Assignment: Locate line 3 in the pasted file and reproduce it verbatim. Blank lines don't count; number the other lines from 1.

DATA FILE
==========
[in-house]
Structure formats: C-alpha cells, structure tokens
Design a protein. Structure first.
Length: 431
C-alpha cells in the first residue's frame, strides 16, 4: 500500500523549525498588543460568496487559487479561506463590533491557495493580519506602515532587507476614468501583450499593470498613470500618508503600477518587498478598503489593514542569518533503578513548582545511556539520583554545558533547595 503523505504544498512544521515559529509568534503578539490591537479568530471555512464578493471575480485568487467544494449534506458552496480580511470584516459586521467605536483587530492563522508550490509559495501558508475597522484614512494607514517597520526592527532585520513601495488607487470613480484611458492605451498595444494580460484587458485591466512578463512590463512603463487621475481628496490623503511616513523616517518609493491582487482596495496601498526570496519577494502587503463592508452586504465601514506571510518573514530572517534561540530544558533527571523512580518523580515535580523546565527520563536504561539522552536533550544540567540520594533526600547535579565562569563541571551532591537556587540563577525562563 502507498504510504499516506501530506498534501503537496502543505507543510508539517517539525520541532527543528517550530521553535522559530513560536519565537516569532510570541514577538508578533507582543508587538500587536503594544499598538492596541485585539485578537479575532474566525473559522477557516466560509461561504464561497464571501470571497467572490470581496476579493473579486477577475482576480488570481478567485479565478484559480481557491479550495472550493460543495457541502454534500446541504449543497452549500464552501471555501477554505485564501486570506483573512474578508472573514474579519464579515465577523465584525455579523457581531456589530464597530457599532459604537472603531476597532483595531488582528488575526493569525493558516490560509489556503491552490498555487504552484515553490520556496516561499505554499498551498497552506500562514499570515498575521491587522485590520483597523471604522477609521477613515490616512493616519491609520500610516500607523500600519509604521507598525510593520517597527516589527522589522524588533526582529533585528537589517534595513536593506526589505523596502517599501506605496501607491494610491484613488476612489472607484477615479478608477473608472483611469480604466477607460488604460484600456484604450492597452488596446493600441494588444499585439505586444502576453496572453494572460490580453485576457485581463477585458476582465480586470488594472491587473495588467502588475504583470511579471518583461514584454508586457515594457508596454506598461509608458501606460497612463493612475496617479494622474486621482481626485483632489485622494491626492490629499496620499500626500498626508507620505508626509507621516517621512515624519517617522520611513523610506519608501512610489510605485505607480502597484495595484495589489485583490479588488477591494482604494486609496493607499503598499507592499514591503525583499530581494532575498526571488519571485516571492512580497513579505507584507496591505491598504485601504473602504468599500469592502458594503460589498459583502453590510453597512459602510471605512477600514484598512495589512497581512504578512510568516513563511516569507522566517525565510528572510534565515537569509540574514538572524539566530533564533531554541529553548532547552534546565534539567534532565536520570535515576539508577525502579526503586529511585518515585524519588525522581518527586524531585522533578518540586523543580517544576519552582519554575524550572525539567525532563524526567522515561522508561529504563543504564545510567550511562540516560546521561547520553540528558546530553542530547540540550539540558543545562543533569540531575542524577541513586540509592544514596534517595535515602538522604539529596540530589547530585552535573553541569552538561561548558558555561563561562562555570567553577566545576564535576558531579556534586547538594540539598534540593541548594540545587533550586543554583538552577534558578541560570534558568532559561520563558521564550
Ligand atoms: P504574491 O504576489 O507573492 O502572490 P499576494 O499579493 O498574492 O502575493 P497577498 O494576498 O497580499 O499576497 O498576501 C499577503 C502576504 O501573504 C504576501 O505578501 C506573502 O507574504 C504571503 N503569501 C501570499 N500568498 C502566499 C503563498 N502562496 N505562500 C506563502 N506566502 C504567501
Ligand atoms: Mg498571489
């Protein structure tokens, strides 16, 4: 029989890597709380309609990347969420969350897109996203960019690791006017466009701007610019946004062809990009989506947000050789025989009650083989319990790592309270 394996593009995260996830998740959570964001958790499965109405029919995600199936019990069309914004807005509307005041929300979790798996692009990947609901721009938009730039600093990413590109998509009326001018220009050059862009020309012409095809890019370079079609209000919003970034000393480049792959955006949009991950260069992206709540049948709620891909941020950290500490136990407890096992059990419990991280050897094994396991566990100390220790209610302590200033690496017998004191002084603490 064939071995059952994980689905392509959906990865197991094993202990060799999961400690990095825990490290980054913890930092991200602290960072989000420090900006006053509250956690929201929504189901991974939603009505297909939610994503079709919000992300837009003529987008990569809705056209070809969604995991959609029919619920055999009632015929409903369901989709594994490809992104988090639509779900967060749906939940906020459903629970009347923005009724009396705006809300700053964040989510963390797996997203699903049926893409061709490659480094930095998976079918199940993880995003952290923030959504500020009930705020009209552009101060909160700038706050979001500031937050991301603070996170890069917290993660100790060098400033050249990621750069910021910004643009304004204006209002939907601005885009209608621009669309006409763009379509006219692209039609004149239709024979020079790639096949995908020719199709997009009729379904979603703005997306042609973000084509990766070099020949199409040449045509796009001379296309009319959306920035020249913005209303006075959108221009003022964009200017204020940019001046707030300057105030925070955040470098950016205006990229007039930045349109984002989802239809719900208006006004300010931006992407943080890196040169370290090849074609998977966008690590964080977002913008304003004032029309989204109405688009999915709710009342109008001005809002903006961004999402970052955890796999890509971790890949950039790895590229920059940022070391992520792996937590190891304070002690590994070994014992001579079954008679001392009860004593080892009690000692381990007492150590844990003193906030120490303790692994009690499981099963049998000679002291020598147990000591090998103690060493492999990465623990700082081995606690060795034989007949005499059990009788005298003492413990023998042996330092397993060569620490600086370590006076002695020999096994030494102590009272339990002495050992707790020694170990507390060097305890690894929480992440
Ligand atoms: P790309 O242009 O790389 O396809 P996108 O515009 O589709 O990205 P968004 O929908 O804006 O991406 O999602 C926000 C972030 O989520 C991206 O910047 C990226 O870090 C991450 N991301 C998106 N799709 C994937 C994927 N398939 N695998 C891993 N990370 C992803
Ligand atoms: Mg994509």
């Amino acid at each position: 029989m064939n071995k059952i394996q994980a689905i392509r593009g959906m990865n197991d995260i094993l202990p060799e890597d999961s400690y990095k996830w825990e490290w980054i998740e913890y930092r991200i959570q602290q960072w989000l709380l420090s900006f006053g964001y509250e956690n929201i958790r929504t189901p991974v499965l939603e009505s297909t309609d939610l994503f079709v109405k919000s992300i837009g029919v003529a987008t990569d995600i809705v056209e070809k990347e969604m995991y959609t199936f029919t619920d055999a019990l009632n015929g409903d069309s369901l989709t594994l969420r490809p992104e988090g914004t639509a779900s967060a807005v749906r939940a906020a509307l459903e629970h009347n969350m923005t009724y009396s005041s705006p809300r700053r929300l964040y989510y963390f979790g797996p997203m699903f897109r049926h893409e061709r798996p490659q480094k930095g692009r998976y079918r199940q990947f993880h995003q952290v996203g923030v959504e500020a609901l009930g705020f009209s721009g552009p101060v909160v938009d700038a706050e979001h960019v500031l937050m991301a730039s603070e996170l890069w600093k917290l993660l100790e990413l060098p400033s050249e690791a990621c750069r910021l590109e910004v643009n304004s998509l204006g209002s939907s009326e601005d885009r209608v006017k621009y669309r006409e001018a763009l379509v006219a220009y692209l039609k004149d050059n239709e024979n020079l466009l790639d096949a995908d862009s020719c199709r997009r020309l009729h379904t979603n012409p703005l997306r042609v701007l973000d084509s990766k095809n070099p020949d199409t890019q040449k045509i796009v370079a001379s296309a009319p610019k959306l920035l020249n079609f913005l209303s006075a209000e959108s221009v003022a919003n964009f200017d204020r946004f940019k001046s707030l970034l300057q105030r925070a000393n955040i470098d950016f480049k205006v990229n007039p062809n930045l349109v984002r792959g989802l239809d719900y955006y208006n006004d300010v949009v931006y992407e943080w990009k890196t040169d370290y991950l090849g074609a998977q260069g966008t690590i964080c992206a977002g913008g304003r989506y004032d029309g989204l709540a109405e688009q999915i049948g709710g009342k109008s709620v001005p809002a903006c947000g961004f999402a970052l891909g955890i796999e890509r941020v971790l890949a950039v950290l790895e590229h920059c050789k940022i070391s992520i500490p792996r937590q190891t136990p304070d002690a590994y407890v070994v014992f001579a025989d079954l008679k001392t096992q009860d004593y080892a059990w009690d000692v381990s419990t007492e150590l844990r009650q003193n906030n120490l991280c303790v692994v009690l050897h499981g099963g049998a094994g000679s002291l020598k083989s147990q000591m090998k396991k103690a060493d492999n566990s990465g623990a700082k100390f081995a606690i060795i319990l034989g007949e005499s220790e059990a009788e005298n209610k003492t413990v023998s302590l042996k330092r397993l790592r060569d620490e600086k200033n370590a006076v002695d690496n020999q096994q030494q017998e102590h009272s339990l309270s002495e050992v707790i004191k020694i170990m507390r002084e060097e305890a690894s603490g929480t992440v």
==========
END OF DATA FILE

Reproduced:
Design a protein. Structure first.